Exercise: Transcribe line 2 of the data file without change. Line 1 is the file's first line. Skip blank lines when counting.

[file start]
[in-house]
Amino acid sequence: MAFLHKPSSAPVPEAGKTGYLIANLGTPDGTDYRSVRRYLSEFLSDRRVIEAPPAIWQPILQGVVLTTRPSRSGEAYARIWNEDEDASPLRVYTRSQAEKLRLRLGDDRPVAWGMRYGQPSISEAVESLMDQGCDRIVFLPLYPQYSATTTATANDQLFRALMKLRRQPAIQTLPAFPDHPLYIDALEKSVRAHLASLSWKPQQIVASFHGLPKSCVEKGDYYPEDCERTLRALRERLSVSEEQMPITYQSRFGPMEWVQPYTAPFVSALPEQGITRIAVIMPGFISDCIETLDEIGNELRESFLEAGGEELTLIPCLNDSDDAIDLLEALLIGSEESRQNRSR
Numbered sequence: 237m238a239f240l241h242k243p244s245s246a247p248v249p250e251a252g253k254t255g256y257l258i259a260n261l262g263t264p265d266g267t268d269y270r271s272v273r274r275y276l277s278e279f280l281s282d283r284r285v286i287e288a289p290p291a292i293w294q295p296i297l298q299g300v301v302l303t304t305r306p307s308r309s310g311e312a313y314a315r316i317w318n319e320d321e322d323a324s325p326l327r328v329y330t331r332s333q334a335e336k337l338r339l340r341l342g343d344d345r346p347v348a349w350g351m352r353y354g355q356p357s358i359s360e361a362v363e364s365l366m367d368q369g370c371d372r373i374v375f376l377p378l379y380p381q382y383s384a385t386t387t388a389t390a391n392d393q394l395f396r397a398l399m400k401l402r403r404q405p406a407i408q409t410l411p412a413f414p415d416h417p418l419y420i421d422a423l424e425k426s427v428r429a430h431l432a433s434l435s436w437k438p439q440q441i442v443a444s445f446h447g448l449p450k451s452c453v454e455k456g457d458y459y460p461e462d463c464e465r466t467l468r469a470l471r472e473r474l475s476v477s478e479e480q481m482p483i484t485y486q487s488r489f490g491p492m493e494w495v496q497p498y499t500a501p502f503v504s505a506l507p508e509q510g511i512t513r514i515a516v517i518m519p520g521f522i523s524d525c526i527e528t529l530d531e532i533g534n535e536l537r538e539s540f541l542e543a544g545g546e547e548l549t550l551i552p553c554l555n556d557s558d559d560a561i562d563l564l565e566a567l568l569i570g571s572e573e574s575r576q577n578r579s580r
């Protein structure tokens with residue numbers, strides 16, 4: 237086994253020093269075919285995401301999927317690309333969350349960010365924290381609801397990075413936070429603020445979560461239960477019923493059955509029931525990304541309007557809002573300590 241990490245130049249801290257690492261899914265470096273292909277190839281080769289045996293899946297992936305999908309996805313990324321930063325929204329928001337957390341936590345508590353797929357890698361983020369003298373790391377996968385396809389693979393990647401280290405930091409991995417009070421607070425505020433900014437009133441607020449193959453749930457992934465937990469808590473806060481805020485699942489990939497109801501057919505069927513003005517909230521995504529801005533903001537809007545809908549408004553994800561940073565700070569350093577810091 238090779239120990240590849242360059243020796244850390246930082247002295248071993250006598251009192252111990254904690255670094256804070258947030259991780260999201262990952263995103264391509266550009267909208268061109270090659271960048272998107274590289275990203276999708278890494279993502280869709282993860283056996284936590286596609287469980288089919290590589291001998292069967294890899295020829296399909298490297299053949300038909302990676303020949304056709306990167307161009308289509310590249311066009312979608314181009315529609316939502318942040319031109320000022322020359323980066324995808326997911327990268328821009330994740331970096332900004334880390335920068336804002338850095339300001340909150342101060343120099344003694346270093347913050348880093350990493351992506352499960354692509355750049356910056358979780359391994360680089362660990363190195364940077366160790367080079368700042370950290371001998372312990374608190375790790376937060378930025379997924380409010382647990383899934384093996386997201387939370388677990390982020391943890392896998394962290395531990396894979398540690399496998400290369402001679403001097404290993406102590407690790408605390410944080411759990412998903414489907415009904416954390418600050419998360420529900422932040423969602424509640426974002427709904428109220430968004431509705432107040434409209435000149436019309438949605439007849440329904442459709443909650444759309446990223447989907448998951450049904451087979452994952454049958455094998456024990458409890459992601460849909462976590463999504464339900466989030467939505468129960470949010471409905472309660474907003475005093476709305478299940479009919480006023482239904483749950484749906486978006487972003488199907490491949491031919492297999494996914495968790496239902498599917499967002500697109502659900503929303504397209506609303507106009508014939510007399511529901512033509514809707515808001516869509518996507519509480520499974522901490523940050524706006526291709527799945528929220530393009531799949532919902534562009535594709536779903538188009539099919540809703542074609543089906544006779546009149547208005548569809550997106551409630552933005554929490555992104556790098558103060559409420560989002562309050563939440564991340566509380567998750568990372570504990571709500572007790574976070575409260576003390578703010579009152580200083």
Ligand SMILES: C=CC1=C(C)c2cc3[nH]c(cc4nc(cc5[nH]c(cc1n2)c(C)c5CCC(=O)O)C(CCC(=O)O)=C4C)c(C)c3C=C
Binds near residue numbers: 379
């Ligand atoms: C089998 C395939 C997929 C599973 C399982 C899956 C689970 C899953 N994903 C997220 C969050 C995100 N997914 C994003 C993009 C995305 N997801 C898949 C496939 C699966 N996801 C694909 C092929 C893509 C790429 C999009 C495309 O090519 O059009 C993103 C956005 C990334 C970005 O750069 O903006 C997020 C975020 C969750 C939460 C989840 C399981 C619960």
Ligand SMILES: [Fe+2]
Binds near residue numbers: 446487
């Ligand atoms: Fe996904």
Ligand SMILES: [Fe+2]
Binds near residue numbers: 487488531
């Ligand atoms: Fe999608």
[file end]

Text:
Amino acid sequence: MAFLHKPSSAPVPEAGKTGYLIANLGTPDGTDYRSVRRYLSEFLSDRRVIEAPPAIWQPILQGVVLTTRPSRSGEAYARIWNEDEDASPLRVYTRSQAEKLRLRLGDDRPVAWGMRYGQPSISEAVESLMDQGCDRIVFLPLYPQYSATTTATANDQLFRALMKLRRQPAIQTLPAFPDHPLYIDALEKSVRAHLASLSWKPQQIVASFHGLPKSCVEKGDYYPEDCERTLRALRERLSVSEEQMPITYQSRFGPMEWVQPYTAPFVSALPEQGITRIAVIMPGFISDCIETLDEIGNELRESFLEAGGEELTLIPCLNDSDDAIDLLEALLIGSEESRQNRSR